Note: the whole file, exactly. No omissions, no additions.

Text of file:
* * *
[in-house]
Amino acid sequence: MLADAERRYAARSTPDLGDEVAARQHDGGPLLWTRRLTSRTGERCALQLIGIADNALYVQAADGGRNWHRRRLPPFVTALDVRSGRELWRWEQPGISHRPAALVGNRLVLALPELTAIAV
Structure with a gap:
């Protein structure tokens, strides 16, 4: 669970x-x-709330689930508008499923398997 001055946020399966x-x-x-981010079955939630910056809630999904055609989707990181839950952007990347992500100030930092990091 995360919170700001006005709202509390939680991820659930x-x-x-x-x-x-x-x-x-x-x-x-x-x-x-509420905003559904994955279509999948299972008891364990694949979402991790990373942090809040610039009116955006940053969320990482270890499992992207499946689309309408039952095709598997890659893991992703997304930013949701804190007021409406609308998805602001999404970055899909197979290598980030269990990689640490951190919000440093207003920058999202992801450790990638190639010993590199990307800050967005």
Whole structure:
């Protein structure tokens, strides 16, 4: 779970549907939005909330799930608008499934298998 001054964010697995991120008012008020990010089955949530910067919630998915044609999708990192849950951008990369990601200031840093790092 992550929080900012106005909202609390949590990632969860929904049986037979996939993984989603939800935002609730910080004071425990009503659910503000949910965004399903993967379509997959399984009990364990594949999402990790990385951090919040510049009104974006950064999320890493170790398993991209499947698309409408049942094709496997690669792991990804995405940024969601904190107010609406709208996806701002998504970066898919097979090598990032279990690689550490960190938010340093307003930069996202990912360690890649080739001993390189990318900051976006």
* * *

[in-house]
Amino acid sequence: MLADAERRYAARSTPDLGDEVAARQHDGGPLLWTRRLTSRTGERCALQLIGIADNALYVQAADGGRNWHRRRLPPFVTALDVRSGRELWRWEQPGISHRPAALVGNRLVLALPELTAIAV
Structure with a gap:
């Protein structure tokens, strides 16, 4: 669970x-x-709330689930508008499923398997 001055946020399966x-x-x-981010079955939630910056809630999904055609989707990181839950952007990347992500100030930092990091 995360919170700001006005709202509390939680991820659930x-x-x-x-x-x-x-x-x-x-x-x-x-x-x-509420905003559904994955279509999948299972008891364990694949979402991790990373942090809040610039009116955006940053969320990482270890499992992207499946689309309408039952095709598997890659893991992703997304930013949701804190007021409406609308998805602001999404970055899909197979290598980030269990990689640490951190919000440093207003920058999202992801450790990638190639010993590199990307800050967005």
Whole structure:
């Protein structure tokens, strides 16, 4: 779970549907939005909330799930608008499934298998 001054964010697995991120008012008020990010089955949530910067919630998915044609999708990192849950951008990369990601200031840093790092 992550929080900012106005909202609390949590990632969860929904049986037979996939993984989603939800935002609730910080004071425990009503659910503000949910965004399903993967379509997959399984009990364990594949999402990790990385951090919040510049009104974006950064999320890493170790398993991209499947698309409408049942094709496997690669792991990804995405940024969601904190107010609406709208996806701002998504970066898919097979090598990032279990690689550490960190938010340093307003930069996202990912360690890649080739001993390189990318900051976006």